One final idea is using the word C.H.A.T. because prayer is like chatting with your best friend. You share everything with them and they share right back. We want our grandchildren to realize that God wants to speak to/with them too. It is a two-way conversation.

  • “C” stands for celebrate as this is always a great place to start.  Jesus started there with The Lord’s Prayer by celebrating who God is.
  • “H” stands for the heart of God. During time spent with God in prayer, we begin to learn His heart and His will as we quietly wait in stillness before Him. Knowing His heart will help us develop His heart in us. I usually pray after spending time in His Word, where the Word speaks directly to me, but I must be quiet and still to hear.
  • “A” stands for ask which includes praying for their wants and needs as well as for others.
  • “T” stands for the trials and temptations facing you. You can also offer thanksgiving knowing that He will be with you, never give you more than you can handle with His help, and hear/answer prayer.

Older Grandchildren

Of course, any of the above ideas can be used. Additionally, like A.C.T.S. above is P.R.A.Y. where:

  • “P” stands for praise.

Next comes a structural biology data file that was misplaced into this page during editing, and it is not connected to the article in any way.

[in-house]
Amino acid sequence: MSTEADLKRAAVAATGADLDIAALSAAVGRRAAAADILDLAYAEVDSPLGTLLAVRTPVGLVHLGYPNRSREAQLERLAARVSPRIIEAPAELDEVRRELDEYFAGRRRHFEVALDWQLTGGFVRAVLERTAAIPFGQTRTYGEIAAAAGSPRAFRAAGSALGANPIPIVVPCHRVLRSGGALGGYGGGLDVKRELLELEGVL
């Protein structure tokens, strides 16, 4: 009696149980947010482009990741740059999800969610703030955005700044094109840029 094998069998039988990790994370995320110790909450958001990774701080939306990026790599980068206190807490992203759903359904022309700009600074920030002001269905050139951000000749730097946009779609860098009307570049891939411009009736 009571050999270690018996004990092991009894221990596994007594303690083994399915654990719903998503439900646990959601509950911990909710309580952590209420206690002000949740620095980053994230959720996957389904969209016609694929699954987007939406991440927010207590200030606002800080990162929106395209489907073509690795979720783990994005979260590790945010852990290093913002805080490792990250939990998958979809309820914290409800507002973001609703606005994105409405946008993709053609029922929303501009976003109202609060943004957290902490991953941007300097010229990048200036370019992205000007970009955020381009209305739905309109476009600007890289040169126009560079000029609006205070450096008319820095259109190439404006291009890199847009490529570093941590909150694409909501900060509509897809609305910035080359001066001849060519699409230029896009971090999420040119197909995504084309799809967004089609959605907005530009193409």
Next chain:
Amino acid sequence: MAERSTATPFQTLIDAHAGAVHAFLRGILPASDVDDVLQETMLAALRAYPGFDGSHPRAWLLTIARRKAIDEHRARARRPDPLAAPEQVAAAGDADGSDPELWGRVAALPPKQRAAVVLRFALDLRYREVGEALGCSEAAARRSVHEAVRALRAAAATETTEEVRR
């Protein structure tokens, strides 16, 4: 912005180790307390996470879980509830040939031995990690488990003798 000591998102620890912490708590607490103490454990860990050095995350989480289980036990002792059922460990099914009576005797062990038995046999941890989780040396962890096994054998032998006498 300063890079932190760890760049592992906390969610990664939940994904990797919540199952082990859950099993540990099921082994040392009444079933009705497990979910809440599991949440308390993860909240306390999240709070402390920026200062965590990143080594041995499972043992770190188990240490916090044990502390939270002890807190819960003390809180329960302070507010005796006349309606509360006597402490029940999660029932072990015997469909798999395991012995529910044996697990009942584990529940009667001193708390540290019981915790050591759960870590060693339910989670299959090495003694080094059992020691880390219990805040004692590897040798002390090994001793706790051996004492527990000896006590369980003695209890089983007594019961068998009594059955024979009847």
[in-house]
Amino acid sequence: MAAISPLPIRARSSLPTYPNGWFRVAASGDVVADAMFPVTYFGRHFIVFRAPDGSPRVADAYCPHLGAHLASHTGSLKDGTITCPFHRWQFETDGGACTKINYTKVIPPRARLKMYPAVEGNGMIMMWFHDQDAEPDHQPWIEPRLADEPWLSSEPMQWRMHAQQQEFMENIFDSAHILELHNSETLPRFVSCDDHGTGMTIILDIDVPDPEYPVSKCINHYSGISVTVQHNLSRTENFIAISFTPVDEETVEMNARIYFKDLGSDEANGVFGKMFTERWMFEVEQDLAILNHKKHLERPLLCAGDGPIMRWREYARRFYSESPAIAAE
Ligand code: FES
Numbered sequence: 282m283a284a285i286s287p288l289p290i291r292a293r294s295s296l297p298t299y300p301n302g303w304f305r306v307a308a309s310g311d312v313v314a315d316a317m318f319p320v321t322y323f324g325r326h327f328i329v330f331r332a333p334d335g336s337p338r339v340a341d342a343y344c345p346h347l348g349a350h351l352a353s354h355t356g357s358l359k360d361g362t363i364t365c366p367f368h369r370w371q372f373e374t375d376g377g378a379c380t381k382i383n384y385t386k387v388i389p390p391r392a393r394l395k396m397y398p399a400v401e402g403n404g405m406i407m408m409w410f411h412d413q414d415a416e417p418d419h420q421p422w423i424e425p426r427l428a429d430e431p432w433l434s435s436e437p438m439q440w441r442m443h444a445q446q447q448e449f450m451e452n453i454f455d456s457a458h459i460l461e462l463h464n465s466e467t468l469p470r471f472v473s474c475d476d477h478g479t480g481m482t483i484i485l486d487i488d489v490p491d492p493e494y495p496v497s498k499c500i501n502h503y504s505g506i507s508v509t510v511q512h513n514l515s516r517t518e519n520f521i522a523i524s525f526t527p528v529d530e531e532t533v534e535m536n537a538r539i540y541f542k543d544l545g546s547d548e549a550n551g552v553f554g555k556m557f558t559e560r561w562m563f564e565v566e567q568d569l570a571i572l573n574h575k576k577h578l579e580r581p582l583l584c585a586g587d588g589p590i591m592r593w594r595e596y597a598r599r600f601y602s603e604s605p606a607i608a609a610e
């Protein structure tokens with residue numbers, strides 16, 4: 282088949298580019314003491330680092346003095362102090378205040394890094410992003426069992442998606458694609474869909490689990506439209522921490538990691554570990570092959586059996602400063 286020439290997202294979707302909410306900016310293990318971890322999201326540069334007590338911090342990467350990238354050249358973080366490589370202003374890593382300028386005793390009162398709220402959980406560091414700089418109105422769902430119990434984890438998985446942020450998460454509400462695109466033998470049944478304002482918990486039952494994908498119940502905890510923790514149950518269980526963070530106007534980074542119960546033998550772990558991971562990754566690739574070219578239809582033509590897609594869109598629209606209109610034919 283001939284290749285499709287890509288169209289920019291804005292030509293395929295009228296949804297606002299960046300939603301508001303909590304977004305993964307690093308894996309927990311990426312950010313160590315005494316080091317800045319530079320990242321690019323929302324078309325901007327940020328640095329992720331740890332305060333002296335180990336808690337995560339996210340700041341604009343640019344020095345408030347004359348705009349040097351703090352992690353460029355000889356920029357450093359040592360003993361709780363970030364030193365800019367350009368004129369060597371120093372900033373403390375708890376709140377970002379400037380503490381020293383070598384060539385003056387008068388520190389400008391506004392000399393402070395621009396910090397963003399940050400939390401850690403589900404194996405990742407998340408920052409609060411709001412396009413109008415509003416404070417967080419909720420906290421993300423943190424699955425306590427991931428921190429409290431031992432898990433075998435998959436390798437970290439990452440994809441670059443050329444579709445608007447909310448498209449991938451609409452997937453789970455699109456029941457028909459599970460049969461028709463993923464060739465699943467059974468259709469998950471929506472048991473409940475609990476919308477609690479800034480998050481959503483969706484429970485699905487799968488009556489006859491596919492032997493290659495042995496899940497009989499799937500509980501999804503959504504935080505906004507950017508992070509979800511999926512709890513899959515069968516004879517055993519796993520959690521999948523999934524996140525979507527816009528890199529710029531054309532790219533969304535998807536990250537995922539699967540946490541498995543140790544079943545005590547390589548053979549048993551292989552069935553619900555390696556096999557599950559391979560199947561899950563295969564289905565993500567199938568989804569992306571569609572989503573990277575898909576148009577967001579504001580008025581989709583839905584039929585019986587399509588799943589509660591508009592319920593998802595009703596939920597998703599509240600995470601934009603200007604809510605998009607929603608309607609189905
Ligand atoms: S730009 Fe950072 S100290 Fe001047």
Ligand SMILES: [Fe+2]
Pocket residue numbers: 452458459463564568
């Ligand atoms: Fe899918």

• “R” stands for repentance.
  • “A” stands for ask.
  • “Y” stands for yield.

The words repentance and yield are harder words for younger grandchildren to understand. Be sure that your grandchildren understand what they mean.

Older grandchildren can build on praying Scripture. Encourage them to choose scriptures based on their trials, temptations, or character traits they desire. If you notice your grandchild is struggling in a certain area whether it be mind, body, or soul, help them find verses to memorize and pray. Joshua 1:9 is great for one who needs to be more courageous, and Matthew 22:37 works for one who needs to love God more. 

Acts 3:19 states, “Repent therefore, and turn back, that your sins may be blotted out.” This would be a good verse for a grandchild to pray if they had sinned, asking God to help them turn away from following sin and turn back to following God. Couple it with 1 John 1:9, asking for forgiveness of sin and cleansing, along with thanking God for being faithful to forgive. Follow by asking God to help them not yield their members as instruments of unrighteousness to sin, but instead yield themselves to God as those who are alive from the dead, and their members as instruments of righteousness to God (Romans 6:13).

Conclusion

As your grandchildren get older and mature in the faith, help them see prayer as the privilege and pleasure it is. They can come boldly to the throne of grace to find help anytime, anywhere, about anything.

No matter what age your grandchildren are, may God guide you as you seek to answer the call, “Grandparent, teach me to pray!”